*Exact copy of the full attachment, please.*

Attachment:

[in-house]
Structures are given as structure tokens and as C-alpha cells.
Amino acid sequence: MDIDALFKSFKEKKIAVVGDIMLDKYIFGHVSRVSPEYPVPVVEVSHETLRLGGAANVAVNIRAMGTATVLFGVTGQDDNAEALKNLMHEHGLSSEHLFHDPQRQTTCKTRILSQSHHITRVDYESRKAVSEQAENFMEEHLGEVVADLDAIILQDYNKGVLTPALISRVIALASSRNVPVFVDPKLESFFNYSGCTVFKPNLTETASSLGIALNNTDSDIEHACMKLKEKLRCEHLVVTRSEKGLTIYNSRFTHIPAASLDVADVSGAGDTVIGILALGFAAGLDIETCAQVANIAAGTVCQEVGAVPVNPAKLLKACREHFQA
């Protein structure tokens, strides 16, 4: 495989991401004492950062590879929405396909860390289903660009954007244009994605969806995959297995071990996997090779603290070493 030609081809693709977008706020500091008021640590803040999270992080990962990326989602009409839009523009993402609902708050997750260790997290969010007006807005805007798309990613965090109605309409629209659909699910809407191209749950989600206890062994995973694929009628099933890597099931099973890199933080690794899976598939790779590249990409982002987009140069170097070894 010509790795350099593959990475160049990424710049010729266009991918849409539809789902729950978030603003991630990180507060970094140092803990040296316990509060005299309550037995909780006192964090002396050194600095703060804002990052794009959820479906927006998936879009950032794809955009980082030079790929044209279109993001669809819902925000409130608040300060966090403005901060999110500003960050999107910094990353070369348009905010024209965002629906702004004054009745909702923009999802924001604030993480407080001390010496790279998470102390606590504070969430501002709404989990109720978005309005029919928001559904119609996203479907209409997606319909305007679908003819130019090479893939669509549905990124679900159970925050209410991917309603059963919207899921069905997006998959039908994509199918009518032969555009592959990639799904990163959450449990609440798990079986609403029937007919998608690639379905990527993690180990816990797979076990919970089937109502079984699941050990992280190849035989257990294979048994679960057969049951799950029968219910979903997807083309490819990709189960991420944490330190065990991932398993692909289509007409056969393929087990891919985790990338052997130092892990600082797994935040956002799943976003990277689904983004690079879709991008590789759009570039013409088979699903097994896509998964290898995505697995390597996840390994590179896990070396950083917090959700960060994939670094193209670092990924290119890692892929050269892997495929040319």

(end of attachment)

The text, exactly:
[in-house]
Structures are given as structure tokens and as C-alpha cells.
Amino acid sequence: MDIDALFKSFKEKKIAVVGDIMLDKYIFGHVSRVSPEYPVPVVEVSHETLRLGGAANVAVNIRAMGTATVLFGVTGQDDNAEALKNLMHEHGLSSEHLFHDPQRQTTCKTRILSQSHHITRVDYESRKAVSEQAENFMEEHLGEVVADLDAIILQDYNKGVLTPALISRVIALASSRNVPVFVDPKLESFFNYSGCTVFKPNLTETASSLGIALNNTDSDIEHACMKLKEKLRCEHLVVTRSEKGLTIYNSRFTHIPAASLDVADVSGAGDTVIGILALGFAAGLDIETCAQVANIAAGTVCQEVGAVPVNPAKLLKACREHFQA
């Protein structure tokens, strides 16, 4: 495989991401004492950062590879929405396909860390289903660009954007244009994605969806995959297995071990996997090779603290070493 030609081809693709977008706020500091008021640590803040999270992080990962990326989602009409839009523009993402609902708050997750260790997290969010007006807005805007798309990613965090109605309409629209659909699910809407191209749950989600206890062994995973694929009628099933890597099931099973890199933080690794899976598939790779590249990409982002987009140069170097070894 010509790795350099593959990475160049990424710049010729266009991918849409539809789902729950978030603003991630990180507060970094140092803990040296316990509060005299309550037995909780006192964090002396050194600095703060804002990052794009959820479906927006998936879009950032794809955009980082030079790929044209279109993001669809819902925000409130608040300060966090403005901060999110500003960050999107910094990353070369348009905010024209965002629906702004004054009745909702923009999802924001604030993480407080001390010496790279998470102390606590504070969430501002709404989990109720978005309005029919928001559904119609996203479907209409997606319909305007679908003819130019090479893939669509549905990124679900159970925050209410991917309603059963919207899921069905997006998959039908994509199918009518032969555009592959990639799904990163959450449990609440798990079986609403029937007919998608690639379905990527993690180990816990797979076990919970089937109502079984699941050990992280190849035989257990294979048994679960057969049951799950029968219910979903997807083309490819990709189960991420944490330190065990991932398993692909289509007409056969393929087990891919985790990338052997130092892990600082797994935040956002799943976003990277689904983004690079879709991008590789759009570039013409088979699903097994896509998964290898995505697995390597996840390994590179896990070396950083917090959700960060994939670094193209670092990924290119890692892929050269892997495929040319």